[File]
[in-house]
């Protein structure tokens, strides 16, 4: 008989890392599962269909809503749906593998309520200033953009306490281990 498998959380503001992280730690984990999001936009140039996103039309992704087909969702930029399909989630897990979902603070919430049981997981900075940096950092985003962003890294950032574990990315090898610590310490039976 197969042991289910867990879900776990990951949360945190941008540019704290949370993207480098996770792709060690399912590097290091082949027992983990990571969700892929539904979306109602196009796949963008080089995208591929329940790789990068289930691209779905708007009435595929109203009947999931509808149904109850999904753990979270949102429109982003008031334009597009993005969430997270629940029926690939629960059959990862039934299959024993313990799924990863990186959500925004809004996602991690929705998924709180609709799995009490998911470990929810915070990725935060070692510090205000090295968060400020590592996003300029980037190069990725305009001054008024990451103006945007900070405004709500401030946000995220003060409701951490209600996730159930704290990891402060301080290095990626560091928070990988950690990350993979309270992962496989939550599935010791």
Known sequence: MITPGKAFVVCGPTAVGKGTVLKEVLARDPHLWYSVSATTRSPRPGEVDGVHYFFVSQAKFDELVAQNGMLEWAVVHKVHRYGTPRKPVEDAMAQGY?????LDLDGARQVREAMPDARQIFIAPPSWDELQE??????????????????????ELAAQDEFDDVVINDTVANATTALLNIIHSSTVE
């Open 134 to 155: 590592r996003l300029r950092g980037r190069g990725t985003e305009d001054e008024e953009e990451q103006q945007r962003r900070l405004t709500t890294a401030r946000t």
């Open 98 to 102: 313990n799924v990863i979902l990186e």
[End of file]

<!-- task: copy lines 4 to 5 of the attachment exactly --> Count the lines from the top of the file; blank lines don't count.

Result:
């Open 134 to 155: 590592r996003l300029r950092g980037r190069g990725t985003e305009d001054e008024e953009e990451q103006q945007r962003r900070l405004t709500t890294a401030r946000t």
């Open 98 to 102: 313990n799924v990863i979902l990186e």